In London, Yeats met with Maud Gonne, a tall, beautiful, socially prominent young woman passionately devoted to Irish nationalism.
Yeats soon fell in love with Gonne, and courted her for nearly three decades; although he eventually learned that she had already borne two children from a long affair, with Gonne’s encouragement Yeats redoubled his dedication to Irish nationalism and produced such nationalistic plays as (1902), which featured her as the personification of Ireland in the title role.
There he wrote poems, plays, novels, and short stories—all with Irish characters and scenes.
In addition, he produced book reviews, usually on Irish topics.
At this time he also wrote 10 plays, and the simple, direct style of dialogue required for the stage became an important consideration in his poems as well.
He abandoned the heavily elaborated style of written in 1912, Yeats derided his 1890s poetic style, saying that he had once adorned his poems with a coat “covered with embroideries / Out of old mythologies.” The poem concludes with a brash announcement: “There’s more enterprise / In walking naked.” This departure from a conventional 19th-century manner disappointed his contemporary readers, who preferred the pleasant musicality of such familiar poems as “The Lake Isle of Innisfree,” which he wrote in 1890.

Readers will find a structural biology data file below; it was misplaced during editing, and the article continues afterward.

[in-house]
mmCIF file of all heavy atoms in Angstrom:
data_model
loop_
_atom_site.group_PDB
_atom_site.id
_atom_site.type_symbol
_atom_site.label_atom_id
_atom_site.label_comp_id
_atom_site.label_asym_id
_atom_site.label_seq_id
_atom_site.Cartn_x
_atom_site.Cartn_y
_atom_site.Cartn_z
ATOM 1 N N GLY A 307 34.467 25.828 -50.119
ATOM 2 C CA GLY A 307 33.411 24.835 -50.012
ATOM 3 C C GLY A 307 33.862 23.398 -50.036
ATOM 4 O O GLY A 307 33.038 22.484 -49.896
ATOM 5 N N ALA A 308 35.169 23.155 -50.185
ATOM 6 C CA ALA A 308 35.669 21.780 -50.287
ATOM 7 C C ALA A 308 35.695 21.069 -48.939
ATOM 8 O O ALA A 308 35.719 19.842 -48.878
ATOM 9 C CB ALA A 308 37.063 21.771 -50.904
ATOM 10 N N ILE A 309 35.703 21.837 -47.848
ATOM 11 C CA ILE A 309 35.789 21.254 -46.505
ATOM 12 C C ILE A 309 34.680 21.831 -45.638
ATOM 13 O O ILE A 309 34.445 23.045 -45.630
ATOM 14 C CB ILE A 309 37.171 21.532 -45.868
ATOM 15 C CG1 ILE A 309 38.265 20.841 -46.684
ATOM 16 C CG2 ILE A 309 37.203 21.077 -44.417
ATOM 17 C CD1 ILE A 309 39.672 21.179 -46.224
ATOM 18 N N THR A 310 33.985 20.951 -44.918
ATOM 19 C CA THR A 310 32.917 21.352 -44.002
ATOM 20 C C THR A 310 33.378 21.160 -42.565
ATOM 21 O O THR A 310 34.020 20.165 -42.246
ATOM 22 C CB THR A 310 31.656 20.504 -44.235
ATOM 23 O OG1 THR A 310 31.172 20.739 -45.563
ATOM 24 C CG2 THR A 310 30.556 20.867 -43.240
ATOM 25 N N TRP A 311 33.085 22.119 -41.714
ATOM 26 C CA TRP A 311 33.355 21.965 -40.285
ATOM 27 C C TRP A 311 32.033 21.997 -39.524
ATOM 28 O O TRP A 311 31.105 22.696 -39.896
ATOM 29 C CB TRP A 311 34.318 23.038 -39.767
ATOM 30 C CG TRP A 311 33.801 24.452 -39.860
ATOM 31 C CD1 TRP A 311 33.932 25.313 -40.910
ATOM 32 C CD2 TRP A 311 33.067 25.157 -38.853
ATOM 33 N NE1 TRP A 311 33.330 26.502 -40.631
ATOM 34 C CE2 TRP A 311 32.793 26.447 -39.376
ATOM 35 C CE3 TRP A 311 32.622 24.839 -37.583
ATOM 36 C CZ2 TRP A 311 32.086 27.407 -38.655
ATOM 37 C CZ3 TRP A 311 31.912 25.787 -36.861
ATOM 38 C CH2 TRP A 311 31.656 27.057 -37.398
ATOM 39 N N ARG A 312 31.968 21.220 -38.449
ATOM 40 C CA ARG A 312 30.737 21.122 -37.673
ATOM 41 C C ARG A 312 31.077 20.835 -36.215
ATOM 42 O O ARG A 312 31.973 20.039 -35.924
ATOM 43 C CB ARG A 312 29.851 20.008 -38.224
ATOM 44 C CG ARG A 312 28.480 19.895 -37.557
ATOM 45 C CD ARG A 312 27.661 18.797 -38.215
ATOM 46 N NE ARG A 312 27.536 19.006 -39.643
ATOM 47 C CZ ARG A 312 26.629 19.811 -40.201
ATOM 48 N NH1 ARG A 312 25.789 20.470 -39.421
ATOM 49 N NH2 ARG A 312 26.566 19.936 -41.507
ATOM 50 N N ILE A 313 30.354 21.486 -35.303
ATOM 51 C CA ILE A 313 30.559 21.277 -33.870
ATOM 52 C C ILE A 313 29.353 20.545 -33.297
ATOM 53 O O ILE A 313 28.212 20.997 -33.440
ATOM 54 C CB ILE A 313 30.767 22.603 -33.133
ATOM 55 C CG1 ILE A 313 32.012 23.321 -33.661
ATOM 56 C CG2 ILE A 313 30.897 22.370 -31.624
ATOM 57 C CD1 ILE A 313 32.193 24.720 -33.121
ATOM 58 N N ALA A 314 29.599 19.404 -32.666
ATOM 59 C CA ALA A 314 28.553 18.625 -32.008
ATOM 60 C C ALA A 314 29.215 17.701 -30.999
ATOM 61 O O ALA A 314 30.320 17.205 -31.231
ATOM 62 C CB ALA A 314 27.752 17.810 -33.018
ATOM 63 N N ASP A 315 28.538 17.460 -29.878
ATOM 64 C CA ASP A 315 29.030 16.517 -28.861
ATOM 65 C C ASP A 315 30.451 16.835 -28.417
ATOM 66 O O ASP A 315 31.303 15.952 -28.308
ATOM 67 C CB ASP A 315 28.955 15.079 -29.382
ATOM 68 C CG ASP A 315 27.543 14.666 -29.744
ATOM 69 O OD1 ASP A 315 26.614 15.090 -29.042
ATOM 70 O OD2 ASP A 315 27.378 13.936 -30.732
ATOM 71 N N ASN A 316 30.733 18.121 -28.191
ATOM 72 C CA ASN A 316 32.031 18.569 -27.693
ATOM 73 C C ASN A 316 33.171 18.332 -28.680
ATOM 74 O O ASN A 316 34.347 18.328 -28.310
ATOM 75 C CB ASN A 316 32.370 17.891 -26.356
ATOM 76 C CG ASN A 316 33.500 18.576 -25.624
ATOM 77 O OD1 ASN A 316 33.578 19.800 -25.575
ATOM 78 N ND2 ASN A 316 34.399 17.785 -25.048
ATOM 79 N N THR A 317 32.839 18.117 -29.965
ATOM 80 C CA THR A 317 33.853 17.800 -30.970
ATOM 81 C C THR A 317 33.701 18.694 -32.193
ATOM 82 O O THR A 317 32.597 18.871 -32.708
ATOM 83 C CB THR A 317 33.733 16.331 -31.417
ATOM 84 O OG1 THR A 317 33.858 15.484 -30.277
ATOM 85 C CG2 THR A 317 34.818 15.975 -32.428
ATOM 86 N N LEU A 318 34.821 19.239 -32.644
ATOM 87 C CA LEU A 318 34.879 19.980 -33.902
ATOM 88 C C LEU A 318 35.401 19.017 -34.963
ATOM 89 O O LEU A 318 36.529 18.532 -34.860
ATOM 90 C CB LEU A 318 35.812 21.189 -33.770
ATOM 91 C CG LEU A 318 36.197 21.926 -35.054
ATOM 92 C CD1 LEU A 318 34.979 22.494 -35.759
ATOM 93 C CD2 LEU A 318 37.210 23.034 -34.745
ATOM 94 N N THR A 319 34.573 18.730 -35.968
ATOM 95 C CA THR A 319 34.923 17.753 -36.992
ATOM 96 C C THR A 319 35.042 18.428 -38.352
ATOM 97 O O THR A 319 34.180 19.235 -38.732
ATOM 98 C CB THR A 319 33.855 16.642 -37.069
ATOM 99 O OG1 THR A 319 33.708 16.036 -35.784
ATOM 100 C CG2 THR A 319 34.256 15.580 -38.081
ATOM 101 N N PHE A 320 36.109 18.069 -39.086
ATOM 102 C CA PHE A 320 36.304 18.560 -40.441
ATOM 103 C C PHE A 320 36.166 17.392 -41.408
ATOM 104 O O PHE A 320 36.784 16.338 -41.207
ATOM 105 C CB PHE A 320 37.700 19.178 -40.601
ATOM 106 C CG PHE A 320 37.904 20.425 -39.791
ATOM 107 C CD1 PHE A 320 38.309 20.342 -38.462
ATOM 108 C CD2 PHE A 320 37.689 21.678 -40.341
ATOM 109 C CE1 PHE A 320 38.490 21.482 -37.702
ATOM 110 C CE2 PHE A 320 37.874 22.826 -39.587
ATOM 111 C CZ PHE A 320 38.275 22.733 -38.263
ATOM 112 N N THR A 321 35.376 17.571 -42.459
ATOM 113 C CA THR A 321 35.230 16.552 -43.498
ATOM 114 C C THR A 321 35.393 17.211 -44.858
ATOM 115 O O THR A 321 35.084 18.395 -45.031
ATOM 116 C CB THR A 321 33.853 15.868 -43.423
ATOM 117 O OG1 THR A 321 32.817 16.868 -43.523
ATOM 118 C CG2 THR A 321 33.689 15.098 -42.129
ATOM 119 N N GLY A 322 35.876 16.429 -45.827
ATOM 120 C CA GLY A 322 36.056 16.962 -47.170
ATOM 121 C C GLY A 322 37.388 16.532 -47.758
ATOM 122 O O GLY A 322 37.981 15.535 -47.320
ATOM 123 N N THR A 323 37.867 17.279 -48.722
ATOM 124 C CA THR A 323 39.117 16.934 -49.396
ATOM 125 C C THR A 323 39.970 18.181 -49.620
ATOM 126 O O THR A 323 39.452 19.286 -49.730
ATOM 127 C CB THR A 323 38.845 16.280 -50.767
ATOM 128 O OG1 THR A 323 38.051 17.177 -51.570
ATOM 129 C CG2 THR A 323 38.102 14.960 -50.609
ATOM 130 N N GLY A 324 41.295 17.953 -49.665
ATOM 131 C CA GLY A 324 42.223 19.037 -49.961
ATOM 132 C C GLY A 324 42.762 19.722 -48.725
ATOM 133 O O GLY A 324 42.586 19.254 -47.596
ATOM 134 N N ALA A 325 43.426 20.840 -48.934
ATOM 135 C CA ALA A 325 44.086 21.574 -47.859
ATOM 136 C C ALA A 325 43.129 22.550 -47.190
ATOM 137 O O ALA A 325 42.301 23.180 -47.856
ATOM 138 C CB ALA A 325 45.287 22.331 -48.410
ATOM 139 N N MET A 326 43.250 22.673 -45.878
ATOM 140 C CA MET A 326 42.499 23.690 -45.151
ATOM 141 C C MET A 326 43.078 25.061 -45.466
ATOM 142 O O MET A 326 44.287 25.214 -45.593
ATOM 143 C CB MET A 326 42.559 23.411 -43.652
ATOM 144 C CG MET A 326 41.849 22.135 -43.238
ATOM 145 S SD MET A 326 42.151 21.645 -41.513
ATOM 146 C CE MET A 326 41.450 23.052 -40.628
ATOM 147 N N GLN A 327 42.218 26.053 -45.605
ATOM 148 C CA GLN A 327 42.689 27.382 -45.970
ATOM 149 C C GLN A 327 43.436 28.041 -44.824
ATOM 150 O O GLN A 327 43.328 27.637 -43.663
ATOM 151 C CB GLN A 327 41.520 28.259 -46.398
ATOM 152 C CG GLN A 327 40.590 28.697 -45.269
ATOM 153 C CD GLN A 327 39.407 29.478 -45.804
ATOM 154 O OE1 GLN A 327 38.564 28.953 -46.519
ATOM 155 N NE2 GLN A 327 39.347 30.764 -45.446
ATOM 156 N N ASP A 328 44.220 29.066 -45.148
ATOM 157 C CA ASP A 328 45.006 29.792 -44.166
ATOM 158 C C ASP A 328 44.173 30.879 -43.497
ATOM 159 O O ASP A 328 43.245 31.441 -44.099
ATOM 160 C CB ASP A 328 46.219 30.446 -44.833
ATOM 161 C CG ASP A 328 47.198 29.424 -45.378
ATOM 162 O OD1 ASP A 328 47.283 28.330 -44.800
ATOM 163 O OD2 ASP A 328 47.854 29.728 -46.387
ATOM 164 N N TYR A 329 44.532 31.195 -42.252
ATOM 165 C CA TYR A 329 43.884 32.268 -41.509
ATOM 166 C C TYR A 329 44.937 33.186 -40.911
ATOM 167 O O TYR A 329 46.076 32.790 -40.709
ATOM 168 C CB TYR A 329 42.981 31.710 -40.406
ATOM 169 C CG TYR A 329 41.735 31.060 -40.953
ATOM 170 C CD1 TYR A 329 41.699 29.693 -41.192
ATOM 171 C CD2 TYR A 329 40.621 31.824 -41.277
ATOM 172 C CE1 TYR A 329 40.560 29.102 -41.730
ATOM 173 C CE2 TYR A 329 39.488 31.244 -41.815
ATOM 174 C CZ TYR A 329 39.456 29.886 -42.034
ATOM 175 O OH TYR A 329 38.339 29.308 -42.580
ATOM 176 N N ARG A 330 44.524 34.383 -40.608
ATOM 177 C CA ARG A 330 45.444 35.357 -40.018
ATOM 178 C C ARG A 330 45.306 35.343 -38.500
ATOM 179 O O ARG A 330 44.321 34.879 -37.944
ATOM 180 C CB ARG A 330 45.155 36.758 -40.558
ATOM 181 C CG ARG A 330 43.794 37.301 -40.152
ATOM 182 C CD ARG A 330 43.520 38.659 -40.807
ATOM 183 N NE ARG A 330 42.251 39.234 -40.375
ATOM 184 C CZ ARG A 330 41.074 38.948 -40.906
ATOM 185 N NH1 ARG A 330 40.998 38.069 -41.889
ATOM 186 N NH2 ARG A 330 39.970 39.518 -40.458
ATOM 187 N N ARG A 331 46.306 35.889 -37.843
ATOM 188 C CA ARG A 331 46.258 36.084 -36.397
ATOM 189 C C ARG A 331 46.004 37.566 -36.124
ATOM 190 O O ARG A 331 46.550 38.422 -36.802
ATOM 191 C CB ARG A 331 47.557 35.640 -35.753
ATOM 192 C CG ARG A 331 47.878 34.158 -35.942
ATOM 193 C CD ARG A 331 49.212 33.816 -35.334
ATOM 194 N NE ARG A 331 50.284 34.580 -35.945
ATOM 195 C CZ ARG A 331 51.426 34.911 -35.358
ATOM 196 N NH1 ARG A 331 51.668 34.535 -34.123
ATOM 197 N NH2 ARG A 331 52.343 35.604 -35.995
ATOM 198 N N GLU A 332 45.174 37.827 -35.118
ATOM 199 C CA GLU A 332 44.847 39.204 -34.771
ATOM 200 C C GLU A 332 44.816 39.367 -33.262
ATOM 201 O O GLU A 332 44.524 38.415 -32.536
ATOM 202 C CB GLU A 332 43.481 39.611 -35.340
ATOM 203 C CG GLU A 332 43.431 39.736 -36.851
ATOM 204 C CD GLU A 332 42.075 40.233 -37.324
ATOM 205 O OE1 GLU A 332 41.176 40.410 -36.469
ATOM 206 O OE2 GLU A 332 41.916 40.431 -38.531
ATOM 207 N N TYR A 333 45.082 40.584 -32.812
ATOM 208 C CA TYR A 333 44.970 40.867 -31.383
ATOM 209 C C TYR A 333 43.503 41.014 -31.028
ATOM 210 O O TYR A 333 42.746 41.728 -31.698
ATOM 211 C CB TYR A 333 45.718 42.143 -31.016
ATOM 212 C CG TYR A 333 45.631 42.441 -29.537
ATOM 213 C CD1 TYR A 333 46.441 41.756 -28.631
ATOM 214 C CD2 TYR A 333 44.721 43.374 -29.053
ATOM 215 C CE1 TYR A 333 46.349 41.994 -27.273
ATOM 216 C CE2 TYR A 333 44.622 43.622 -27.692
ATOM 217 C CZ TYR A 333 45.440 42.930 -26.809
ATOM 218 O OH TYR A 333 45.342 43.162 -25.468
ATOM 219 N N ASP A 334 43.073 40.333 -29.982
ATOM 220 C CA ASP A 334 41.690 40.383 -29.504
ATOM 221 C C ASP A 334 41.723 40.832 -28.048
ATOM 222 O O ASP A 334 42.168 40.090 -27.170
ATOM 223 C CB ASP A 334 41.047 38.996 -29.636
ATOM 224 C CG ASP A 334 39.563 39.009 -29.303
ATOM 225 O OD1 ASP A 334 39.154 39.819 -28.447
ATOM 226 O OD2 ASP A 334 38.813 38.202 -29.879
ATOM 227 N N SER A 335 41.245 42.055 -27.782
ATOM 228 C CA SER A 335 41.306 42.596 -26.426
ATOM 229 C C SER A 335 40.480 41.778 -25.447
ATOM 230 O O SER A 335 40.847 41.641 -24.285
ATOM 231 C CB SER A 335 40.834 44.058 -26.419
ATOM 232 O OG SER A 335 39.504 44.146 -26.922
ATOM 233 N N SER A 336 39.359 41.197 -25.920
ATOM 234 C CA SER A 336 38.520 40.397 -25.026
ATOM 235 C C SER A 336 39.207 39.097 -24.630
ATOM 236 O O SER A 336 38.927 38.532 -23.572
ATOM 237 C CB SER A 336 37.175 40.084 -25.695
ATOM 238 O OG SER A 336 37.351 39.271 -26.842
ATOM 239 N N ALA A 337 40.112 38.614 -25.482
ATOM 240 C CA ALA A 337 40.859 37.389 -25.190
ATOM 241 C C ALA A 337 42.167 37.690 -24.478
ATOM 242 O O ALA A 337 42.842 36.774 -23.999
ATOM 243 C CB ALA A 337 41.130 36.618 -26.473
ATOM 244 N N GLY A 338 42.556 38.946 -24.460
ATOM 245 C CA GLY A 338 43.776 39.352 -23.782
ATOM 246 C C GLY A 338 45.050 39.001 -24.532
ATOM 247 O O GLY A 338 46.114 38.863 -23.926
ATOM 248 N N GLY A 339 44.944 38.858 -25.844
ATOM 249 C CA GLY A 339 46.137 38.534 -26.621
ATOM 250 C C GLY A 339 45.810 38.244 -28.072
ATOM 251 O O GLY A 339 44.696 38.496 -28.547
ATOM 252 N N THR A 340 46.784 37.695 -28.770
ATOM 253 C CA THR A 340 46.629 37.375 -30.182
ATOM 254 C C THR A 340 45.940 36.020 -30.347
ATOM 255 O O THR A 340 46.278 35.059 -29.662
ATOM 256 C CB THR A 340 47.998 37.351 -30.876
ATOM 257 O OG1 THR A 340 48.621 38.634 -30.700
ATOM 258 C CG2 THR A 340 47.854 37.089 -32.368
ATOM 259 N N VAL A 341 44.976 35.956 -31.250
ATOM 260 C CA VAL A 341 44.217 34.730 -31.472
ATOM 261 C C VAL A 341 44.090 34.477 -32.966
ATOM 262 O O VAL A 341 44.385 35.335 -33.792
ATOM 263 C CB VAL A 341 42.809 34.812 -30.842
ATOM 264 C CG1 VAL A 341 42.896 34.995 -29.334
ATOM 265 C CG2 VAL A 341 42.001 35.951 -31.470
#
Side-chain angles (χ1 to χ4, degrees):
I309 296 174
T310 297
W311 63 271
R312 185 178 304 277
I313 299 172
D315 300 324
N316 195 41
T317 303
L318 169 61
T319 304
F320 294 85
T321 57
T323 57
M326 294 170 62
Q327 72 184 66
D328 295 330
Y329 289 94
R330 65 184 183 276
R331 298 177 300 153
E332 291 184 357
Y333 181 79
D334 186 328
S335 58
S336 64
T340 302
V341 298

William Butler Yeats is widely considered to be one of the greatest poets of the 20th century.
He belonged to the Protestant, Anglo-Irish minority that had controlled the economic, political, social, and cultural life of Ireland since at least the end of the 17th century.
After a wealthy sponsor volunteered to pay for the renovation of Dublin’s Abbey Theatre as the company’s permanent home, the theatre opened on December 27, 1904.
It included plays by the company’s three directors: Lady Gregory, John M.